We met up with green living expert Randi Regan, who gave us five tips to get you started. First, try to create "zero trash" lunches, which means using a lot of reusable or re-washable containers.
"Zero waste lunch is about figuring out how to pack your kids lunch to school without creating trash at the end of it," said Regan.
Stackable tins are a great "green-friendly" choice. But those thin, plastic sandwich bags are hard to replace. Instead, try washable sandwich bags kids can use every day. Also, lose the plastic silverware, choose metal or branch out with bamboo chopsticks.
Next up, lose the batteries. Regan said 14 billion batteries are thrown away into landfills every year in America.
"So anytime you can help them find a way to play and be creative without a battery, it's a win," said Regan.
Powering off those games might be tough, but arts and crafts will send their imagination soaring. Or try to create a fun project, like documenting the ecosystem in their backyard.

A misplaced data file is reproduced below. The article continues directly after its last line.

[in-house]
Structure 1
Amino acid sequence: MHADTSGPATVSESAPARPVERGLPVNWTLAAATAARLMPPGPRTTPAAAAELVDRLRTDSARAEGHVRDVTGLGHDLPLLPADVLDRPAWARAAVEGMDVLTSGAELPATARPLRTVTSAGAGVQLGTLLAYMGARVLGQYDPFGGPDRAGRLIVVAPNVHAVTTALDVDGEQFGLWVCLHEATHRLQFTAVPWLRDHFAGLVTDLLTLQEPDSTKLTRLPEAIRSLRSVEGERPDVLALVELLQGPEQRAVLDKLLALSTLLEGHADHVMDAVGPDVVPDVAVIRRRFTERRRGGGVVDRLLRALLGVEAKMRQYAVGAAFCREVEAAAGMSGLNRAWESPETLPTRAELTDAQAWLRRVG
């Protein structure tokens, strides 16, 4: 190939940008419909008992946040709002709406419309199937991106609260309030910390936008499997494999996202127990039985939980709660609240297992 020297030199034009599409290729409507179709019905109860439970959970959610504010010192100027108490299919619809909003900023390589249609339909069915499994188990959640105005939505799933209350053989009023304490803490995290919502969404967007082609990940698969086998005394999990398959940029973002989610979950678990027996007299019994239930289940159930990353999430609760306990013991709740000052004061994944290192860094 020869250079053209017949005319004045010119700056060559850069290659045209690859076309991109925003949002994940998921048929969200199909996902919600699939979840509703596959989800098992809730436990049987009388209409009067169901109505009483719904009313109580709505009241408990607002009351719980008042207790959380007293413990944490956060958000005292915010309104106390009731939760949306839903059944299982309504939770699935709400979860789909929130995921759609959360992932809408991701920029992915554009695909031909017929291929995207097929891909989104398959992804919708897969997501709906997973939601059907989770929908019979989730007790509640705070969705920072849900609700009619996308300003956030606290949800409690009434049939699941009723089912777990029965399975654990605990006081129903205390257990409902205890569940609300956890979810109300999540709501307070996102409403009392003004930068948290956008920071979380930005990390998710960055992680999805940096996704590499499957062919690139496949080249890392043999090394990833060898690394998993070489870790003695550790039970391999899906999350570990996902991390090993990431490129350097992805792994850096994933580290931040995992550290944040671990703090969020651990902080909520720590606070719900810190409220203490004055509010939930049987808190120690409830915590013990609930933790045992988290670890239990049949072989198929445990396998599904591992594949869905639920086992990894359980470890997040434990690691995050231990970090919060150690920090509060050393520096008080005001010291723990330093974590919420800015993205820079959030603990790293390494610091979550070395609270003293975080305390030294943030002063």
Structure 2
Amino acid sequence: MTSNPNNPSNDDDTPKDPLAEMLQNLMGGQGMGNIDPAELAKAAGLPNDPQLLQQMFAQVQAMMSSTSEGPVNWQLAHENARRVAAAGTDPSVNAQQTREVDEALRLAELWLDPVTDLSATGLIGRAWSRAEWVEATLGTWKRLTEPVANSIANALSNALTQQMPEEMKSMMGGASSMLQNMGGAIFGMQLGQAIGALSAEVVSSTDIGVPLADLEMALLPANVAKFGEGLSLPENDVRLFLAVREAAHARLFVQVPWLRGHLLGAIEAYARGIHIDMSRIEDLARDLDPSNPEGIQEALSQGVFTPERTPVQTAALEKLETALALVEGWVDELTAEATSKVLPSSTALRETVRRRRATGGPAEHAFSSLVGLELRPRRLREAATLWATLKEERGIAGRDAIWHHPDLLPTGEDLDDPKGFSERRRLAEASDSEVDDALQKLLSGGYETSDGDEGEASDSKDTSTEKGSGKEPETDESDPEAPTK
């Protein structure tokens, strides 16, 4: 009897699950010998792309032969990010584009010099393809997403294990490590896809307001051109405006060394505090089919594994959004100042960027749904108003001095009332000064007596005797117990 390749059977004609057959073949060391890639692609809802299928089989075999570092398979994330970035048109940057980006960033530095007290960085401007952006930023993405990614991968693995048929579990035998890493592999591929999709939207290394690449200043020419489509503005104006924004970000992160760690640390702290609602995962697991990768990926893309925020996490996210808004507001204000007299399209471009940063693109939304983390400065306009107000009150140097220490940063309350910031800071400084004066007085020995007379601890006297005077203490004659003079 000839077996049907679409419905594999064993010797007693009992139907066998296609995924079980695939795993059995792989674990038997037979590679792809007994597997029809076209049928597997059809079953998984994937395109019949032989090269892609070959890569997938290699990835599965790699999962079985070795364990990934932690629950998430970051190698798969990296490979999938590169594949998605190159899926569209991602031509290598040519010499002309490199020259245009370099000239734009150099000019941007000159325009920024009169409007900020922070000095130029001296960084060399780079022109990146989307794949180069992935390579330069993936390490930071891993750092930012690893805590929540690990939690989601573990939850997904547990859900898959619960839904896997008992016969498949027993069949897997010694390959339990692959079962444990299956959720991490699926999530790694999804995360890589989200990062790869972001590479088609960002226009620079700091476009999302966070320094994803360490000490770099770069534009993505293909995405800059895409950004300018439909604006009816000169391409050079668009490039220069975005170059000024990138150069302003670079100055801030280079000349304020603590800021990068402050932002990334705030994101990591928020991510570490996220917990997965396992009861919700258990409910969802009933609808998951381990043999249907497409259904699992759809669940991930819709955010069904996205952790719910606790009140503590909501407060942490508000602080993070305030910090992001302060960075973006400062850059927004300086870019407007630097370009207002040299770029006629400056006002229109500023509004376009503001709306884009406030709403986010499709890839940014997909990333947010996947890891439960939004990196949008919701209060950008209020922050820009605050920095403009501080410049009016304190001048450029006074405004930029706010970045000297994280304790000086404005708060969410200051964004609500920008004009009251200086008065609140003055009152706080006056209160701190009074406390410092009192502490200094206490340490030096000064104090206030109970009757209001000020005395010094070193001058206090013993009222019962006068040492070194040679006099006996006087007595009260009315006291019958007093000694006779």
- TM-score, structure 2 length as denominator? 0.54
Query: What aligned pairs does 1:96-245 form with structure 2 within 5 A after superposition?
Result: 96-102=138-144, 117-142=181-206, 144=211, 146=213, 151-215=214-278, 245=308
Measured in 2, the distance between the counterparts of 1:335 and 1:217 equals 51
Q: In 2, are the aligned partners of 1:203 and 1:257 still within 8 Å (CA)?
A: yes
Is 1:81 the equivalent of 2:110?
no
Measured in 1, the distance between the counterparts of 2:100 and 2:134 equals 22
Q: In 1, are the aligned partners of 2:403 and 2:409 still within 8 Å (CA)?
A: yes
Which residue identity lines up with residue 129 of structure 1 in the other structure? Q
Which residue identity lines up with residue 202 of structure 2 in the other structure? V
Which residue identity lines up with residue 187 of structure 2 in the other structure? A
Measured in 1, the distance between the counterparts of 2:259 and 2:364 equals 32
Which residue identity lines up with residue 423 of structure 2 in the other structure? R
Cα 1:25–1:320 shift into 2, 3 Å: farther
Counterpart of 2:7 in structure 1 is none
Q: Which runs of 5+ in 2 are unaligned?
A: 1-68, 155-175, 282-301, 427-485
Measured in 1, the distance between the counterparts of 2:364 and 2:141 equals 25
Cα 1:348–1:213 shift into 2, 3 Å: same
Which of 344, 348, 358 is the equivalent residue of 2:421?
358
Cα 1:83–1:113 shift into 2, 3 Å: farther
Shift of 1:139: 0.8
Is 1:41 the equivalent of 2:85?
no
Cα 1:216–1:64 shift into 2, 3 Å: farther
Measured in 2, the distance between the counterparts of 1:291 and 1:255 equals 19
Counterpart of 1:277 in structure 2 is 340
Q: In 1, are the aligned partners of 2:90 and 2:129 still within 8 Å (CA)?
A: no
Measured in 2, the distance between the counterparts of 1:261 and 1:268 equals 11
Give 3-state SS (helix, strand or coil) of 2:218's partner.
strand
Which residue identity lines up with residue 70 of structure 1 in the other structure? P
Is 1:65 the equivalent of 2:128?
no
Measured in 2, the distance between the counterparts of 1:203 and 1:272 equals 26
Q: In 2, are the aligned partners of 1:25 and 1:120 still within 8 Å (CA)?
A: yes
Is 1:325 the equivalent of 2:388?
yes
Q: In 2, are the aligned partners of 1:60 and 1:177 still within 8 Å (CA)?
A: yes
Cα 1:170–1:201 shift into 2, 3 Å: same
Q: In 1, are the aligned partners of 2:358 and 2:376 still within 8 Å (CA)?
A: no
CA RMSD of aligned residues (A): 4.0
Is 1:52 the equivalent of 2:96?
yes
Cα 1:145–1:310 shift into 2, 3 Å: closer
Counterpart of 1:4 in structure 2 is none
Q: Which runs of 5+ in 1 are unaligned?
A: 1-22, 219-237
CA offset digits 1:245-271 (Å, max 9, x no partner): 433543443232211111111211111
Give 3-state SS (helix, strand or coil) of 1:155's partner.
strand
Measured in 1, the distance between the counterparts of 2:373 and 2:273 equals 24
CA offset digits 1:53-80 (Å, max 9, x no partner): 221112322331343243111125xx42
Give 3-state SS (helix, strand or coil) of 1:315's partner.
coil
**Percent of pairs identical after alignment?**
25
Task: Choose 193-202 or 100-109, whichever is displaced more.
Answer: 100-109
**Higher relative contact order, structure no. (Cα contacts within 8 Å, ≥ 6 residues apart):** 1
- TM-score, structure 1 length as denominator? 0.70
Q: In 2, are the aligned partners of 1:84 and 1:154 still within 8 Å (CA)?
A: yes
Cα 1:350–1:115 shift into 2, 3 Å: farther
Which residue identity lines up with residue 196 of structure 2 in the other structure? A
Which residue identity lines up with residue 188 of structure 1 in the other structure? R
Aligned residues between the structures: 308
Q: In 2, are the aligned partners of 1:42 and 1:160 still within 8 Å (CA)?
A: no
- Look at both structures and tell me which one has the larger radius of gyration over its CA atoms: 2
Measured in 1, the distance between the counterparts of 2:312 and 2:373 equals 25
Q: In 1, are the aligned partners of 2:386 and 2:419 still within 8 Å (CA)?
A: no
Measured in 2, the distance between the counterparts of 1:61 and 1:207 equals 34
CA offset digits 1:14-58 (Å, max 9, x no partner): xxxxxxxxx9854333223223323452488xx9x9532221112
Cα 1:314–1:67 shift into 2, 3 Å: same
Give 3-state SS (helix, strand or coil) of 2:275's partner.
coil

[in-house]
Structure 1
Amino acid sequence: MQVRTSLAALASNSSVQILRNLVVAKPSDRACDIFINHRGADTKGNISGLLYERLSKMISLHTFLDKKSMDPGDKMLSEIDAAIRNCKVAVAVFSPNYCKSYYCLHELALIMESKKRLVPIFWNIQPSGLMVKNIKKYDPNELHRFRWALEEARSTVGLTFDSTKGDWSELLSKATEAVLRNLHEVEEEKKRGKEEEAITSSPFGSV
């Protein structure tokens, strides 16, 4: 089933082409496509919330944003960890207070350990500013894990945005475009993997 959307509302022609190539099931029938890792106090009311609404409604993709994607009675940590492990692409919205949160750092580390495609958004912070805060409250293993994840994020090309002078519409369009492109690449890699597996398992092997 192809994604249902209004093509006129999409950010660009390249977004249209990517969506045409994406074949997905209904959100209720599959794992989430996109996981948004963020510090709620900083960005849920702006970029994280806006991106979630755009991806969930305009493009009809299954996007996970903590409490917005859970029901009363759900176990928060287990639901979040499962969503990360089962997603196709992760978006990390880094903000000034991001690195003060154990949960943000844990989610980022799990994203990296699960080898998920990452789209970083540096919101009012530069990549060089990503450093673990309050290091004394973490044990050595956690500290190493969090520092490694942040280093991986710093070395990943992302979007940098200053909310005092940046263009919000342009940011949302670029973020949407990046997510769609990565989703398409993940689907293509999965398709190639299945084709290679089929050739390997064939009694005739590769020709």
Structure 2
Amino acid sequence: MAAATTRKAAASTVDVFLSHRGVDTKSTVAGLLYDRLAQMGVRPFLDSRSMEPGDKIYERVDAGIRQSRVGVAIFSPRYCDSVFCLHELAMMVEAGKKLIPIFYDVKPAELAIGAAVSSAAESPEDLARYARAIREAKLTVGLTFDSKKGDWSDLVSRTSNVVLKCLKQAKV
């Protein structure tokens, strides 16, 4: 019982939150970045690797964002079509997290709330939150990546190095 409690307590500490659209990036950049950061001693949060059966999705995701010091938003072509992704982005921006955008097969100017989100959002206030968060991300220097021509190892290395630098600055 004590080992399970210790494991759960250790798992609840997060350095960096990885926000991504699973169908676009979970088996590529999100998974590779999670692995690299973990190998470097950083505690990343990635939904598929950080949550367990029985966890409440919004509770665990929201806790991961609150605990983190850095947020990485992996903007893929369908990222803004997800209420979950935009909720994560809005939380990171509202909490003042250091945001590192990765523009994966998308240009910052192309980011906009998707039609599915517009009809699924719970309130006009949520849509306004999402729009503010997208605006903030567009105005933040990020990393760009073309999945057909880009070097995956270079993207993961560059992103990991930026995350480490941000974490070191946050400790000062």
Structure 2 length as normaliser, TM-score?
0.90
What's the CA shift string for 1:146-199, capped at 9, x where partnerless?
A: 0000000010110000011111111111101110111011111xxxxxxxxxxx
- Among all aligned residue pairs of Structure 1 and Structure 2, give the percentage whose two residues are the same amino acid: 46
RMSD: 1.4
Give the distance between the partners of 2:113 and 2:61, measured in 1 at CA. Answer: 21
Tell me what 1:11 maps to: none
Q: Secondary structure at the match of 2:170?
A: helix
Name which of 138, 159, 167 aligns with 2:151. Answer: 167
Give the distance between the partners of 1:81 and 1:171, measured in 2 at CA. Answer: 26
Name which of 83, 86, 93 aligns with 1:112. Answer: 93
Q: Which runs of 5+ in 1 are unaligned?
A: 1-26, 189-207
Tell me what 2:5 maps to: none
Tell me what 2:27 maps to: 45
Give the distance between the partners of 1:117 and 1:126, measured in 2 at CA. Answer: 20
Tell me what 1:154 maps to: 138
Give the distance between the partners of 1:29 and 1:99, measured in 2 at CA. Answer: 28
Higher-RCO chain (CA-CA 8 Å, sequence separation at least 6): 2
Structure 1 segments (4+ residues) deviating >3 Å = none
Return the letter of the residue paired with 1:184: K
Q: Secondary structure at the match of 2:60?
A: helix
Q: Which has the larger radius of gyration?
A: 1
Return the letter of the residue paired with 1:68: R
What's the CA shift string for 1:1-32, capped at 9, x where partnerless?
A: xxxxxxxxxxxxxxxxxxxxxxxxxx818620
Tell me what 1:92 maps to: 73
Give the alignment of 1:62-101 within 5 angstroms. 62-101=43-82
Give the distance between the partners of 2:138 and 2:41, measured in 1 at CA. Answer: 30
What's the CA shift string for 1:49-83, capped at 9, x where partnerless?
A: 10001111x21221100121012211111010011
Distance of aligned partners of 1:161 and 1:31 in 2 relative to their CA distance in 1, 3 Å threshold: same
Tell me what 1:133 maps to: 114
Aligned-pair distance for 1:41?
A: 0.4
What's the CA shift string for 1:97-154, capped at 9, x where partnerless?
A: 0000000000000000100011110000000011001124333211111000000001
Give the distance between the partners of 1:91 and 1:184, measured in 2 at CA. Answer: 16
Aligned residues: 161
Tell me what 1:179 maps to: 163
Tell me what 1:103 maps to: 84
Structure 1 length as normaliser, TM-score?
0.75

Regan also stresses the importance of getting your children involved in the ecosystem around them. By observing the plants, animals and insects, they can get an appreciation of the environment.
Start an organic garden. You'll end up with great homegrown food and the opportunity to teach your children about how plants grow.
Finally, pay attention to ingredients and read the labels on food and beauty products.
"It gets you thinking about what is going on your skin, and what is going in your body," said Regan. "It's mostly about teaching them to just engage and not pushing it so much, but just actively nurturing their curiosity."